Phrases with UNDER – ‘Under’ is a common preposition used to indicate the below position, It is also widely found in many expressions with extended meaning. Here are three examples: ‘under the baton’, ‘under the hammer’ and ‘under the spotlight’ – from the worlds of music, auctions and theatre respectively.
Under the baton – ‘Baton’, from the French, is the stick used by the conductor of an orchestra or a choir to direct the performers. The phrase ‘under the baton of’ is often found in concert programs to introduce the name of the conductor. ‘Baton’ can also mean the stick of runners in a relay race, or the club used by policemen. Here are three expressions with the word ‘baton’, connected to the notion of responsibility: ‘hand over the baton’, ‘pass the baton’ and ‘pick up the baton’.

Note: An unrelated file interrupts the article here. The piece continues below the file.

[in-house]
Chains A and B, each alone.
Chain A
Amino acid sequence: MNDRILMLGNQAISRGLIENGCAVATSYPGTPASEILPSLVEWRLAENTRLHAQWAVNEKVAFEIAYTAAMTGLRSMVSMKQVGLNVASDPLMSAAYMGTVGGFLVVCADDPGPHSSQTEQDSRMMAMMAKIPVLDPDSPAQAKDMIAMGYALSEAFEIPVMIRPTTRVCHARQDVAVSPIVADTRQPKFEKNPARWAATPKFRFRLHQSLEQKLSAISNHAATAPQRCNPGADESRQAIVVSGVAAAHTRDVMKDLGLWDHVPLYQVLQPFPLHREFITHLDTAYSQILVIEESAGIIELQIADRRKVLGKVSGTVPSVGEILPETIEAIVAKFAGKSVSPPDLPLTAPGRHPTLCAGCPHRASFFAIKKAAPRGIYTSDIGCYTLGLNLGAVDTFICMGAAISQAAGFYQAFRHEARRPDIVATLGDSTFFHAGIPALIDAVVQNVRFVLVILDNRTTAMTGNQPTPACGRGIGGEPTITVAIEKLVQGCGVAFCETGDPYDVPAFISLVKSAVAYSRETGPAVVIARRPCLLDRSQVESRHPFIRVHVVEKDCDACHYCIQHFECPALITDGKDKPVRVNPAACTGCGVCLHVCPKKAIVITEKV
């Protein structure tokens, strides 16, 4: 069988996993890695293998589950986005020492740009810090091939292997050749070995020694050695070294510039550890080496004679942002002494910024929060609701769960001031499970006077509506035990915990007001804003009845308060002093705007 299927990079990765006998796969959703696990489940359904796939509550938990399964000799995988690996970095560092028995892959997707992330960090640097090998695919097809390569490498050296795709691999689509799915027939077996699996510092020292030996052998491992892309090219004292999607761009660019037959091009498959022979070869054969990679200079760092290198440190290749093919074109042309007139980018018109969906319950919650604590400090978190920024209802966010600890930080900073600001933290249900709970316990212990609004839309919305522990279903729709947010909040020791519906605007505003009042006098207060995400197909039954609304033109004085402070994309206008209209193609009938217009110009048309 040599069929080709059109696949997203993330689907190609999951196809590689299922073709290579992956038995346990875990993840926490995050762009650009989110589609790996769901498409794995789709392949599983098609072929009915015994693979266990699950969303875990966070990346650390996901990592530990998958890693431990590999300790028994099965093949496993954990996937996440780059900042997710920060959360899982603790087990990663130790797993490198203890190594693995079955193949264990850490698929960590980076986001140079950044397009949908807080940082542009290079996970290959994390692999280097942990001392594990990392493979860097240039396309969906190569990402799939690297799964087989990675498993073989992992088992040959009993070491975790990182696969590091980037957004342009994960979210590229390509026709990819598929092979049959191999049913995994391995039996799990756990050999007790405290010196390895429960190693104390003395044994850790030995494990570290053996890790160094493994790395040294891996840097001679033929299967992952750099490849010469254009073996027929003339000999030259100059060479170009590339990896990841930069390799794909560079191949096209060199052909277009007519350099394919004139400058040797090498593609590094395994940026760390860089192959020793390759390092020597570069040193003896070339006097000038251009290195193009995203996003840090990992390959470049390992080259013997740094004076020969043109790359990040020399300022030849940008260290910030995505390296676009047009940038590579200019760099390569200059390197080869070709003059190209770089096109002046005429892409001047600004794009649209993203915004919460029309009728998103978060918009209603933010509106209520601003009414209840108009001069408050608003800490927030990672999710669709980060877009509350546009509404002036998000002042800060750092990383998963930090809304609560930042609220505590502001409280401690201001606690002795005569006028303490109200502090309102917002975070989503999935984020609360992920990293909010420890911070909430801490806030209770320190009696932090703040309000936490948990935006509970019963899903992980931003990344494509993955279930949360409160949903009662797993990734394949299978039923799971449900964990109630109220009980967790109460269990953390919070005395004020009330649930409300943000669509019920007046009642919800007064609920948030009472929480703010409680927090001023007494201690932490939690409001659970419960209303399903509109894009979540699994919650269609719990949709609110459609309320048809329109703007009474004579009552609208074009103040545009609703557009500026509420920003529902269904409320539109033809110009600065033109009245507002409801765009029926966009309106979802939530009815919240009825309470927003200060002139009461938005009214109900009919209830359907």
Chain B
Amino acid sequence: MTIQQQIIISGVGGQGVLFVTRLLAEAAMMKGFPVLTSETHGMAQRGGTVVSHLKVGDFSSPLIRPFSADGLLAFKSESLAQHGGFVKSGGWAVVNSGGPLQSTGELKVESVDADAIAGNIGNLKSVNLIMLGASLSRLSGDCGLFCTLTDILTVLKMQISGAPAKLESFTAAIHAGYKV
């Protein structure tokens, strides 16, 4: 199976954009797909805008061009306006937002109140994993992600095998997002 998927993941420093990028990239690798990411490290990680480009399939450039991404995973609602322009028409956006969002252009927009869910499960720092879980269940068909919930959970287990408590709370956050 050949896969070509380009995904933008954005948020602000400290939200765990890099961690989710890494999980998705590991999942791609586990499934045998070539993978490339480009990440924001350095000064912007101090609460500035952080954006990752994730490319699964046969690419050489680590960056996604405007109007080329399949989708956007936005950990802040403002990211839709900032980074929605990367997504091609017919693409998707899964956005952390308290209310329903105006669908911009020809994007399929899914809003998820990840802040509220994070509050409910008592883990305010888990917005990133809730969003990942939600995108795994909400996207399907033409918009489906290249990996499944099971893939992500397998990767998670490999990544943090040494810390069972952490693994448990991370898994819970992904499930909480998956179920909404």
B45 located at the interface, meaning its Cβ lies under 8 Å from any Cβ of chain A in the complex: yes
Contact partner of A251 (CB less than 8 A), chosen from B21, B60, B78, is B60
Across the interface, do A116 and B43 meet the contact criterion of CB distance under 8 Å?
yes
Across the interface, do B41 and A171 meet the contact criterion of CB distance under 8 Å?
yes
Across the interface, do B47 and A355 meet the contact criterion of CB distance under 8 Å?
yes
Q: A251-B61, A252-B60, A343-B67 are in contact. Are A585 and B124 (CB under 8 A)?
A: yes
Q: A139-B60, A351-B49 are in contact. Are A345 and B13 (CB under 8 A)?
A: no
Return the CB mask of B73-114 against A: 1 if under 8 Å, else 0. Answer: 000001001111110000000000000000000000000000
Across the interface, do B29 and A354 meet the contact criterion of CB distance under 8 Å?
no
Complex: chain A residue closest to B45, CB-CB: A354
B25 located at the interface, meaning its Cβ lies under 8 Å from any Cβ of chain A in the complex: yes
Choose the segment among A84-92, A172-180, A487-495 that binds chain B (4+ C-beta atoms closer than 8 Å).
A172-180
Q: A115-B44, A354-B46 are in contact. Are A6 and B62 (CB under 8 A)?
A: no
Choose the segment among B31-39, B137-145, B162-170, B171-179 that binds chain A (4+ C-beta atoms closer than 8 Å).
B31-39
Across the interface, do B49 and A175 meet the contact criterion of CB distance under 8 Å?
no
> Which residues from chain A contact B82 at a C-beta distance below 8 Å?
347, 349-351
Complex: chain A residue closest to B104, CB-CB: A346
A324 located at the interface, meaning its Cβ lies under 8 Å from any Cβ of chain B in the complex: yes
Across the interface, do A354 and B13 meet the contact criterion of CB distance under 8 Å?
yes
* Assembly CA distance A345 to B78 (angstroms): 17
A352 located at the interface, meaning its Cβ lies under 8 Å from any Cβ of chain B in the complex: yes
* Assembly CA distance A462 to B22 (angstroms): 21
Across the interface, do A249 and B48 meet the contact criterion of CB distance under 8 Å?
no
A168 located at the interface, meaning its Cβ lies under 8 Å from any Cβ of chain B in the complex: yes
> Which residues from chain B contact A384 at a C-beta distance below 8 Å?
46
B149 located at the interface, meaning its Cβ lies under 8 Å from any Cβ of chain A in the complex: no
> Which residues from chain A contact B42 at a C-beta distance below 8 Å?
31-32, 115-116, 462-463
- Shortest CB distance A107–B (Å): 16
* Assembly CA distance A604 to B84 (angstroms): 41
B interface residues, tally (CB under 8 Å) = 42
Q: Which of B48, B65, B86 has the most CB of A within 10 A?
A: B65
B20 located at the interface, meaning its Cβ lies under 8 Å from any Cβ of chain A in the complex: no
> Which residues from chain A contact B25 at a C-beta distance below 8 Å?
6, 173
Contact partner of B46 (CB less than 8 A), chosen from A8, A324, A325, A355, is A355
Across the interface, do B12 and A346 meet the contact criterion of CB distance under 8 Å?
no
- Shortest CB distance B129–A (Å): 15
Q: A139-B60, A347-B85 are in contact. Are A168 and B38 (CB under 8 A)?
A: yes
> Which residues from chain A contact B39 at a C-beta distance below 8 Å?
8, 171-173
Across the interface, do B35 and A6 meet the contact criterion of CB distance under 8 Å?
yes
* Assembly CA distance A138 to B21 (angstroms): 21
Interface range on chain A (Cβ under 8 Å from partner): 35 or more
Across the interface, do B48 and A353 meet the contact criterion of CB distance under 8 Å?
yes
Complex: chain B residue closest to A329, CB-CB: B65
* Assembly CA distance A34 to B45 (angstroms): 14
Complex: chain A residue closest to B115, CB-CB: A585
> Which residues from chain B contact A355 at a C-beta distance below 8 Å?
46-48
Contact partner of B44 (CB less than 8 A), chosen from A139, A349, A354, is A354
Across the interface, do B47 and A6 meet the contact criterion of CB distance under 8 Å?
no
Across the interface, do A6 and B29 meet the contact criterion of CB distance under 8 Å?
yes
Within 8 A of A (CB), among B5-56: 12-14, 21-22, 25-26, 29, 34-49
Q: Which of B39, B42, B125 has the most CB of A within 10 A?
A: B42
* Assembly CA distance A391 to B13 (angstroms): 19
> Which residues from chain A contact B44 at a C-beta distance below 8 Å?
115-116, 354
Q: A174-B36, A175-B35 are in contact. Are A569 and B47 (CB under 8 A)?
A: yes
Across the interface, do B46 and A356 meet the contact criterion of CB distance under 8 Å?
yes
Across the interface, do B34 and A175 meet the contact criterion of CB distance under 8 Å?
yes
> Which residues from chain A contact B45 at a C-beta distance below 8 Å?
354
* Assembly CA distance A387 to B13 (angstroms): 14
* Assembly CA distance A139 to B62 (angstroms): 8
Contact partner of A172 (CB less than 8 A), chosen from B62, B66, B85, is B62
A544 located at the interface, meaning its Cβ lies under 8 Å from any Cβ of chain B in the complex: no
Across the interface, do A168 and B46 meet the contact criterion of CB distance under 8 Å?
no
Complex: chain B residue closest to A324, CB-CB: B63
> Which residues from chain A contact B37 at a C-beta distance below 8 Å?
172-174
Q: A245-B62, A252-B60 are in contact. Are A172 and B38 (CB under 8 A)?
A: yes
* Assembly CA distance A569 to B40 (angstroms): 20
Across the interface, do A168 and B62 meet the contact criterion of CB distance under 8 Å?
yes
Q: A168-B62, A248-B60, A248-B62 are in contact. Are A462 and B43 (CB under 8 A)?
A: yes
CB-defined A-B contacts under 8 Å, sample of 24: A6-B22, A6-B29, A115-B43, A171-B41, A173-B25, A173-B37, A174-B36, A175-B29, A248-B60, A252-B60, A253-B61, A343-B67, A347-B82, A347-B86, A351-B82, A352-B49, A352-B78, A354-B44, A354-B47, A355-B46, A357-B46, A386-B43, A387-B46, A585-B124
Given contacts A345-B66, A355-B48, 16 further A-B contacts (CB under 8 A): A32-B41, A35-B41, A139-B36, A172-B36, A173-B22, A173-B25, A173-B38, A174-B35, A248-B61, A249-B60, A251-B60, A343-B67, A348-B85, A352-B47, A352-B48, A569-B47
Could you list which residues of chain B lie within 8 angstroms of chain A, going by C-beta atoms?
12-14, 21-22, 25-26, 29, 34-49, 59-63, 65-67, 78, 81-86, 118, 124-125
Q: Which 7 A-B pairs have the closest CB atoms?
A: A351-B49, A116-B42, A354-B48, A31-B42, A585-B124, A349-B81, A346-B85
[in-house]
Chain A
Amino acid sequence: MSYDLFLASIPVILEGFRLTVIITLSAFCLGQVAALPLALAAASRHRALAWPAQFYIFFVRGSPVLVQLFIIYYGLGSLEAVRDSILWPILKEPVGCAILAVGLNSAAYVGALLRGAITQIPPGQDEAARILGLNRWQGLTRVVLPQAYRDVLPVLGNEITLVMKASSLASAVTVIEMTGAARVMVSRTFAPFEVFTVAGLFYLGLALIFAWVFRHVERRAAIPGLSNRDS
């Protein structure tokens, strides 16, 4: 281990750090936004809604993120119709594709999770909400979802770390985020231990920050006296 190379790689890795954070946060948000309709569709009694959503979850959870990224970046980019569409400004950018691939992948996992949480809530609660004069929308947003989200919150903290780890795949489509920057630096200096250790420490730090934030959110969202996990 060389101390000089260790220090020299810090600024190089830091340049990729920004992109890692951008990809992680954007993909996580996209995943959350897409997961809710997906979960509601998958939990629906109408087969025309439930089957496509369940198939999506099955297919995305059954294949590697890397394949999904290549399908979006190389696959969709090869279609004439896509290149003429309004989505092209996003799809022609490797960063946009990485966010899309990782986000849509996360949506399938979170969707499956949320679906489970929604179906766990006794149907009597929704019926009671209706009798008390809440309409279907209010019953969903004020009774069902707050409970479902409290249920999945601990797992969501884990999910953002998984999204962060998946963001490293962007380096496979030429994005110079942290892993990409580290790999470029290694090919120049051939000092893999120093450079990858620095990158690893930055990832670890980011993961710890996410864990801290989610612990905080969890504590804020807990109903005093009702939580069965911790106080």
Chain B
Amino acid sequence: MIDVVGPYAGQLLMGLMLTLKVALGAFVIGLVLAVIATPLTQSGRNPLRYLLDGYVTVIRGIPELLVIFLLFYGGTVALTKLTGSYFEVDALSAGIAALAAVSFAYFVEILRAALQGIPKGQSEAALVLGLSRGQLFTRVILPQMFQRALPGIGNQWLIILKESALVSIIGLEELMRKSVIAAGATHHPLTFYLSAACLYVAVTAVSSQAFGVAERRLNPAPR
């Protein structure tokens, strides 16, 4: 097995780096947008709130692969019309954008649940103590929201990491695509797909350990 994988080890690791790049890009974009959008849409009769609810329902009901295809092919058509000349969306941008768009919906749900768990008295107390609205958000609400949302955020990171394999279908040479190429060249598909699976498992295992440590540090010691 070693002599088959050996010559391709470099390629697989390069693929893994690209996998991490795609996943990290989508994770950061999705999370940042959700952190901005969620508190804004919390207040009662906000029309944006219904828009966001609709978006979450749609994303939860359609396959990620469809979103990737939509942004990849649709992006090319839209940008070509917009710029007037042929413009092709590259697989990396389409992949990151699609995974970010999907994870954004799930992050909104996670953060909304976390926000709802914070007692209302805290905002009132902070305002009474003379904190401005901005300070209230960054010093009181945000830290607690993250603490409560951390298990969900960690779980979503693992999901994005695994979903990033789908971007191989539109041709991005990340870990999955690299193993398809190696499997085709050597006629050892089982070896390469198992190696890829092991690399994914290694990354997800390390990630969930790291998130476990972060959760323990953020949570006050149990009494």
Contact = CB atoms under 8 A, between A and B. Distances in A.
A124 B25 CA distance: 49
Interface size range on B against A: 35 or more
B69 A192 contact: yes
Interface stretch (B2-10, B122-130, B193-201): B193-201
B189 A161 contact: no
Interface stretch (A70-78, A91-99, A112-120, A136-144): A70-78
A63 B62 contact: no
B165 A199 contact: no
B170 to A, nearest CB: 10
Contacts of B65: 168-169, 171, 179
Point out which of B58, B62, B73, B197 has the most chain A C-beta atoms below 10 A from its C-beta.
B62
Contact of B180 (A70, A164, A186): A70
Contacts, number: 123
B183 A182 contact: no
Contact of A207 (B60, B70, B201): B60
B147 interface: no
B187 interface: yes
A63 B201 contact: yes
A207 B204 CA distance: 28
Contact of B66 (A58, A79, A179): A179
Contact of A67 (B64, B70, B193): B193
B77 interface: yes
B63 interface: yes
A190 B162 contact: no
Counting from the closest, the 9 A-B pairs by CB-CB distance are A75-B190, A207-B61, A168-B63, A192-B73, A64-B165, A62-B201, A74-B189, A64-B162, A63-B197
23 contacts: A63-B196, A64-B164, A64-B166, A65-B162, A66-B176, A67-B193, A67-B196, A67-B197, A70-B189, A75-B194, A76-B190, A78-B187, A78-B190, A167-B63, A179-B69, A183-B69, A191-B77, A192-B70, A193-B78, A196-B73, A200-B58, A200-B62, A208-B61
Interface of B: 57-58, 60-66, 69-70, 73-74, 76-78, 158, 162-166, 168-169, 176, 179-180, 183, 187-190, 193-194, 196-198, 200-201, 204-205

Under the hammer – The phrase comes from auction sales, where the auctioneer bangs a hammer on his desk to signal his acceptance of the highest bid. Meaning being for sale or sold at auction, the phrase usually appears as the expression ‘to come/go under the hammer’.
‘Under the spotlight’ (or under the limelight) is borrowed from the theatre, where spotlights (or limelight pre-electricity) are used for highlighting leading performers. The phrase means to be the subject of attention. At least two expressions share the connection: ‘put/turn something under the spotlight’ and ‘brings it under the spotlight’.